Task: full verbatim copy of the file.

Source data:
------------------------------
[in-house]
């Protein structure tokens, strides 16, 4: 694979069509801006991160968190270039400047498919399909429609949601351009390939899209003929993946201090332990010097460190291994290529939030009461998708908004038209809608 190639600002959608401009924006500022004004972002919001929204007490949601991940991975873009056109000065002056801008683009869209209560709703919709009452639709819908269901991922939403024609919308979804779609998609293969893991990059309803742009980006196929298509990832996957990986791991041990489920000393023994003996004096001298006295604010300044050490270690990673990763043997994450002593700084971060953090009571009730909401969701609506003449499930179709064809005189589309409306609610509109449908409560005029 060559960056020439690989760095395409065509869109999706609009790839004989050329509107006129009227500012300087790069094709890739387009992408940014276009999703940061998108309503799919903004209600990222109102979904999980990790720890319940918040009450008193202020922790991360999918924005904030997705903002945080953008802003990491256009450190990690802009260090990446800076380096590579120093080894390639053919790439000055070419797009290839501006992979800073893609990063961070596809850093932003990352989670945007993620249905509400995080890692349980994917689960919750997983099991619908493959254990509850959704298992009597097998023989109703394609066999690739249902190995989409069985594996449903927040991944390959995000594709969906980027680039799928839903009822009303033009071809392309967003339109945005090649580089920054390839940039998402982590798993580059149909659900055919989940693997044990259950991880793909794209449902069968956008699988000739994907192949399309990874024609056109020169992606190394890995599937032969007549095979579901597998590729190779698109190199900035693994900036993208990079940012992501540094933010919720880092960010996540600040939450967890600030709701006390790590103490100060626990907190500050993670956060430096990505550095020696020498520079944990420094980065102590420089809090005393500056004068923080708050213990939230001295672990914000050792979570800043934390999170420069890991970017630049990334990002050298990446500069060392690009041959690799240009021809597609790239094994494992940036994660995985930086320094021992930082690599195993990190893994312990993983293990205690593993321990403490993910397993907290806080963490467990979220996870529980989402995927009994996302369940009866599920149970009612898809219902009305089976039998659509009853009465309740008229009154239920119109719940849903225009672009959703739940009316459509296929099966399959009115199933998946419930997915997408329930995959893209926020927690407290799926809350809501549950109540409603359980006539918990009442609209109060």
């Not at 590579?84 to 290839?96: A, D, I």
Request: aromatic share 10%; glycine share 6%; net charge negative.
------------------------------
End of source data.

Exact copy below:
[in-house]
């Protein structure tokens, strides 16, 4: 694979069509801006991160968190270039400047498919399909429609949601351009390939899209003929993946201090332990010097460190291994290529939030009461998708908004038209809608 190639600002959608401009924006500022004004972002919001929204007490949601991940991975873009056109000065002056801008683009869209209560709703919709009452639709819908269901991922939403024609919308979804779609998609293969893991990059309803742009980006196929298509990832996957990986791991041990489920000393023994003996004096001298006295604010300044050490270690990673990763043997994450002593700084971060953090009571009730909401969701609506003449499930179709064809005189589309409306609610509109449908409560005029 060559960056020439690989760095395409065509869109999706609009790839004989050329509107006129009227500012300087790069094709890739387009992408940014276009999703940061998108309503799919903004209600990222109102979904999980990790720890319940918040009450008193202020922790991360999918924005904030997705903002945080953008802003990491256009450190990690802009260090990446800076380096590579120093080894390639053919790439000055070419797009290839501006992979800073893609990063961070596809850093932003990352989670945007993620249905509400995080890692349980994917689960919750997983099991619908493959254990509850959704298992009597097998023989109703394609066999690739249902190995989409069985594996449903927040991944390959995000594709969906980027680039799928839903009822009303033009071809392309967003339109945005090649580089920054390839940039998402982590798993580059149909659900055919989940693997044990259950991880793909794209449902069968956008699988000739994907192949399309990874024609056109020169992606190394890995599937032969007549095979579901597998590729190779698109190199900035693994900036993208990079940012992501540094933010919720880092960010996540600040939450967890600030709701006390790590103490100060626990907190500050993670956060430096990505550095020696020498520079944990420094980065102590420089809090005393500056004068923080708050213990939230001295672990914000050792979570800043934390999170420069890991970017630049990334990002050298990446500069060392690009041959690799240009021809597609790239094994494992940036994660995985930086320094021992930082690599195993990190893994312990993983293990205690593993321990403490993910397993907290806080963490467990979220996870529980989402995927009994996302369940009866599920149970009612898809219902009305089976039998659509009853009465309740008229009154239920119109719940849903225009672009959703739940009316459509296929099966399959009115199933998946419930997915997408329930995959893209926020927690407290799926809350809501549950109540409603359980006539918990009442609209109060």
């Not at 590579?84 to 290839?96: A, D, I």
Request: aromatic share 10%; glycine share 6%; net charge negative.